Iginla predicting gold for Team Canada
You can add Jarome Iginla to the list of athletes who figure Team Canada’s hockey team will be golden in 2010.
ANAHEIM, Calif. — You can add Jarome Iginla to the list of athletes who figure Team Canada’s hockey team will be golden in 2010.
The Calgary Flames captain took a (brief) break Wednesday from the grind of the NHL season to predict Canada will hit the top of the podium in Vancouver.
“Absolutely,” Iginla said, before boarding the team bus after the morning skate at Anaheim’s Honda Center. “I do believe.”
Canada has never won Olympic gold, in any sport, on home soil or snow. The first athlete — or team — to sing O Canada from the top of the podium next year will no doubt enjoy hero status all the way from Cape Spear, N.L., to the 141st meridian along the Yukon-Alaska boundary.
Should Canada win gold in men’s hockey, Prime Minister Stephen Harper might want to declare Feb. 28 a national holiday.
After all, Canadians are still coping with an international hockey hangover dating to the disaster that was the Turin Olympics.
Canada failed to qualify for the medal round in 2006. Sweden won gold over Finland and the Czech Republic captured bronze that year.
“I believe Canadian hockey can do it,” Iginla said. “I think it’s a great program. It’s got a real shot.
“The guys will be definitely be putting pressure on themselves — whoever is there.”
Iginla, 31, is widely considered a favourite to captain the Canadian team in what would be his third Olympic appearance. But the rugged St. Albert, Alta., product took pains Wednesday to emphasize he must convince executive director Steve Yzerman that he belongs on the team.
“Canada has got so many players to choose from,” said Iginla, who had 20 goals and 38 assists for 58 points in 53 games prior to Wednesday night’s game against the Anaheim Ducks. “It’s very deep, and it’s an honour to play for the team.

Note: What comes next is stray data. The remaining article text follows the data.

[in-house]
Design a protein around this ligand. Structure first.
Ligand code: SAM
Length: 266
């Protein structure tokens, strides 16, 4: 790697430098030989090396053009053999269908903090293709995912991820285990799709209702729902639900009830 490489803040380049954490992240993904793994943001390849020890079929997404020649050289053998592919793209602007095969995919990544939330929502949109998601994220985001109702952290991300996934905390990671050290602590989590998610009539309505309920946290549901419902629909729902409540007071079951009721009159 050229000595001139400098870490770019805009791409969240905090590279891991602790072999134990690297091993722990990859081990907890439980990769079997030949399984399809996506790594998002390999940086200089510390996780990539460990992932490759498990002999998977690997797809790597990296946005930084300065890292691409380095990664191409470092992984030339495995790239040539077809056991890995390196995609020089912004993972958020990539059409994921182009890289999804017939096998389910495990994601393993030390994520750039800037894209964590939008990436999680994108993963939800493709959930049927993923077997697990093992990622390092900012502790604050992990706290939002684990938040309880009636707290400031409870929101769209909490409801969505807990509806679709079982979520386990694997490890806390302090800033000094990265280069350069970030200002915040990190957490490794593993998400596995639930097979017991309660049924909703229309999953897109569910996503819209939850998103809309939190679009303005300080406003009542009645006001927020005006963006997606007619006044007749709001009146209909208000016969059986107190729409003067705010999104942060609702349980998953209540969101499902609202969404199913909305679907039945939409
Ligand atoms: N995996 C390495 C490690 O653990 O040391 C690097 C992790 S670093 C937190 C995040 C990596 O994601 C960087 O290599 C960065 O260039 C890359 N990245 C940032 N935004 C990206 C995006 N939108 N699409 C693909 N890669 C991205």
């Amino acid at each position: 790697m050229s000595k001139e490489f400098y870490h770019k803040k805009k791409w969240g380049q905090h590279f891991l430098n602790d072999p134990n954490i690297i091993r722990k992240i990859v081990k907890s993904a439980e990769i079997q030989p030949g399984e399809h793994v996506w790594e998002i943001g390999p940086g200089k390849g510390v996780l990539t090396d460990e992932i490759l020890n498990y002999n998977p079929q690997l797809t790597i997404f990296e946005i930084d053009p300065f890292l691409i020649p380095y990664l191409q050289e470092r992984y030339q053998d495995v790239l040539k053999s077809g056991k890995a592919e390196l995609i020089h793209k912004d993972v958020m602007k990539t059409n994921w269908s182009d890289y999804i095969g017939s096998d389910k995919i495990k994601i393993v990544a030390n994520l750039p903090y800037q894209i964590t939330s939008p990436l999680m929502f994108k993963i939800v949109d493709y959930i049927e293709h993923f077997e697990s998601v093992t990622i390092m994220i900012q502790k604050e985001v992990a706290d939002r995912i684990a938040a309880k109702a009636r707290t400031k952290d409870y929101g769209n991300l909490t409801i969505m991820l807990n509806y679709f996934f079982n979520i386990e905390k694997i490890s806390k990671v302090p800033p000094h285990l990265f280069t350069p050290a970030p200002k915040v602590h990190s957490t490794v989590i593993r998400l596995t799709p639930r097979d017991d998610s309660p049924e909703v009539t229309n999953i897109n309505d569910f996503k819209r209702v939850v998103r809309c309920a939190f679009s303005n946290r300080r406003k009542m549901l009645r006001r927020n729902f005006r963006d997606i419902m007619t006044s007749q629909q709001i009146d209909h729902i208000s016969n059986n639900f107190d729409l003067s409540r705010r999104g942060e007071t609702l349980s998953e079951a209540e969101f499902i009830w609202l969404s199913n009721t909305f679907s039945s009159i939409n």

“You know they have so many tough, tight decisions.”
Iginla is one of three Flames considered legitimate contenders to represent Canada in Vancouver along with defencemen Robyn Regehr, of Rosthern, Sask, and Dion Phaneuf, of Edmonton.
Iginla was asked whether Michael Cammalleri, of Richmond Hill, Ont., should be in the mix. After all, the pint-sized Calgary winger is on pace to score 43 goals this season.
“I have no idea,” Iginla said. “I honestly don’t. I think he’s definitely playing great, and I could totally see him being there. I hope to be there myself. But truly, I have no idea. They have so many guys to choose from.
“I hope there’s a group of guys that could be at that camp from our team. But I literally have no idea, and I imagine other teams feel the same way about their guys.”
And besides, the guys have more pressing matters at hand, like the chase for the Stanley Cup, said Mike Keenan.
“They’re not even thinking about it right now,” said the Flames head coach. “There are so many games to be played for the remainder of this season that will decide the future of many franchises. It’s something I’m sure they’re not even thinking about.
“There are so many qualified players for the different countries involved. It will be a focal point of next season’s play.”
Iginla figures the hype will ramp up just prior to the men’s hockey orientation camp for prospective Canadian Olympians from Aug. 24 to 28 at the Pengrowth Saddledome.
“(The Olympics) will be a very memorable and amazing experience,” Iginla said. “But at the same time, I’m not really thinking about it a lot right now.
“Right now, in the next 60 days, we play 29 games. It’s all about improving our road record and the push to the Stanley Cup playoffs.”
But a year from now?
“From being there in the past, I know the expectation is to go for that gold medal,” he said, “and win the gold medal.”
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